Updated: August 16, 2019 7:46:06 pm
Many communities from North India have started calling the coastal city of Chennai their home, having settled in the city during Partition 72 years ago. Set against this backdrop in the Indian history, debutante author Anuradha Uberoi explores the lives of four communities in Chennai— Punjabis, Bengalis, Parsis and Sindhis— in her book titled ‘Chennai Brew’.
Speaking to indianexpress.com from New York where she is currently on tour, Chennai-based author Anuradha discusses Chennai Brew, which was born out of her own experiences in Chennai.
A consultant in the field of organisational behaviour and development, Anuradha said that she decided to make the shift from a columnist to an author after realising that despite being a metropolitan city, Chennai’s understanding of communities is very poor, which struck her as quite odd. “I have heard people hailing from different communities being called names due to ignorance. However, a talk that I had given on the Punjabi community in Chennai a few years ago during Madras Week was well-received, following which a senior journalist suggested making a book on North Indian communities in Chennai and thus Chennai Brew was born.”
“The name ‘Chennai Brew’ is symbolic of the fact that there are other communities brewing in Chennai and filter coffee is an integral part of the communities,” said Anuradha while speaking about the title of her book and the image which is featured on top.
The book, which traces the journey of the four communities was both a personal journey and learning experience for Anuradha, who has her roots in Chandigarh. “There was such a treasure trove of data which had to be written and I had interviewed close to 150 people for the book,” said Anuradha, who holds a PhD in Psychology.
Chennai Brew contains a plethora of first-hand accounts of the Partition of India, with photographs and documents dating back to 1943, 1947 and even 1954 immortalised between the pages of the narrative. “All the information and documents mentioned in the books have been lost to us until now and in fact, the people I interviewed are perhaps the last generation out of those times who can give us this kind of information and documents. This made writing the book all the more precious to me,” said the author.
According to Anuradha, what makes the book unique, besides being the first book of its kind to talk about the North Indian communities in Chennai is the fact that all the information was sourced by the author through first hand accounts. “I used to receive calls from readers saying that I had quoted somebody they knew. This first-hand information was one way of bringing the communities closer”, she said.
Speaking about the people who have been featured in Chennai Brew, Anuradha said that everyone was very forthcoming and enthusiastic about providing information and pictures from their personal collection once they realised that the author was documenting their story. “The people taught me so much about their lives and their communities and I owe a lot of gratitude to them,” she said.
Given the cultural differences between people hailing from Chennai and people settled in Chennai, the author said that there was a stark contrast in culture in the late eighties in the city. Today, however, Chennai has amalgamated different cultures while also retaining their individuality, thus providing a sense of belonging for people from across India who have come to call Chennai their home.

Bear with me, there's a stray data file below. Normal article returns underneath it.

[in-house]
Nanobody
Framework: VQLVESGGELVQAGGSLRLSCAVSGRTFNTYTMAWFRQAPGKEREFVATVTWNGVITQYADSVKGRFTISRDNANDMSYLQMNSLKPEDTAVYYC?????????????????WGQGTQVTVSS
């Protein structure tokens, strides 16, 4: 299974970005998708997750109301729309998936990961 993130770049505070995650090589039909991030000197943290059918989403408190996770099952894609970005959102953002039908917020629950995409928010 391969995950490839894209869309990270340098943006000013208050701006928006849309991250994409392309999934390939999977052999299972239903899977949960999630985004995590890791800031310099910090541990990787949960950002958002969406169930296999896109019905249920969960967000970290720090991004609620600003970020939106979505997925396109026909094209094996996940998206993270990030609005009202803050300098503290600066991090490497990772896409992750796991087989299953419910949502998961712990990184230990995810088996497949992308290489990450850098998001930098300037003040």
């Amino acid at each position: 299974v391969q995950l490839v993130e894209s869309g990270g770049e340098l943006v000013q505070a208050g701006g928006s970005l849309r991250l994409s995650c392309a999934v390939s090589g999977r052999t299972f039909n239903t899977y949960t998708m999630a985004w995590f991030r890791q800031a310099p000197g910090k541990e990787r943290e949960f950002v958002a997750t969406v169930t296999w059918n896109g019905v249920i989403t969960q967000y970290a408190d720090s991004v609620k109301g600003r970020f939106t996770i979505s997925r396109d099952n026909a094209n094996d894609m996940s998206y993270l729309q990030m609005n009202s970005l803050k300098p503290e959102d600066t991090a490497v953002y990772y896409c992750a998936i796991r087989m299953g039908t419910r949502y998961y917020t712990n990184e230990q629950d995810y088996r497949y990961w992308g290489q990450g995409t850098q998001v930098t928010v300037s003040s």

The narrative features a third-person’s point of view of the accounts, with the author also comparing the people from each community in Chennai to their kin back home and what it is about them in the city that makes them similar or different to their brethren in the North. According to the author, North Indians settled in South India are much more subdued than those in North India, with the Chennai culture visible in their lifestyles and upbringing today.
Throughout her journey, Anuradha observed that despite being settled in all corners of the city, the people from the four communities looked out for their brethren in Chennai through thick and thin. Opening up about her interactions with the Punjabi, Bengali, Parsi and Sindhi communities, the author found out that all four communities loved to live life well, were very fond of good food and enjoyed socialising and meeting people. “But that is where the similarities end, since the communities all have distinct traditions, styles of cooking and lifestyles,” said Anuradha.
Speaking about support systems for the communities in Chennai, she found despite having common roots in the North, the four communities preferred to seek help among themselves rather than looking for outside assistance. “Support systems are very important and my question is why should we be looking for support systems within our community? Sadly the Punjabi, Bengali and Parsi communities find that their go-to people for socialising are their own community members. My vision is that one day, a Bengali will look to a Sindhi for help. Maybe it is a utopian thought but that is my contribution to Chennai,” she said.
With Chennai Brew, Anuradha aims to show that the city has a rich culture and if one is willing to learn about Chennai’s various culture, people can learn to live as one cohesive group.
Coupled with extensive interviews and exhaustive research, Chennai Brew, which took three years to chronicle people’s accounts, was published in July 2019. Currently, the author is working on her second book which will chronicle the lives of the Marathi, Gujarati and Rajasthani communities in Chennai.
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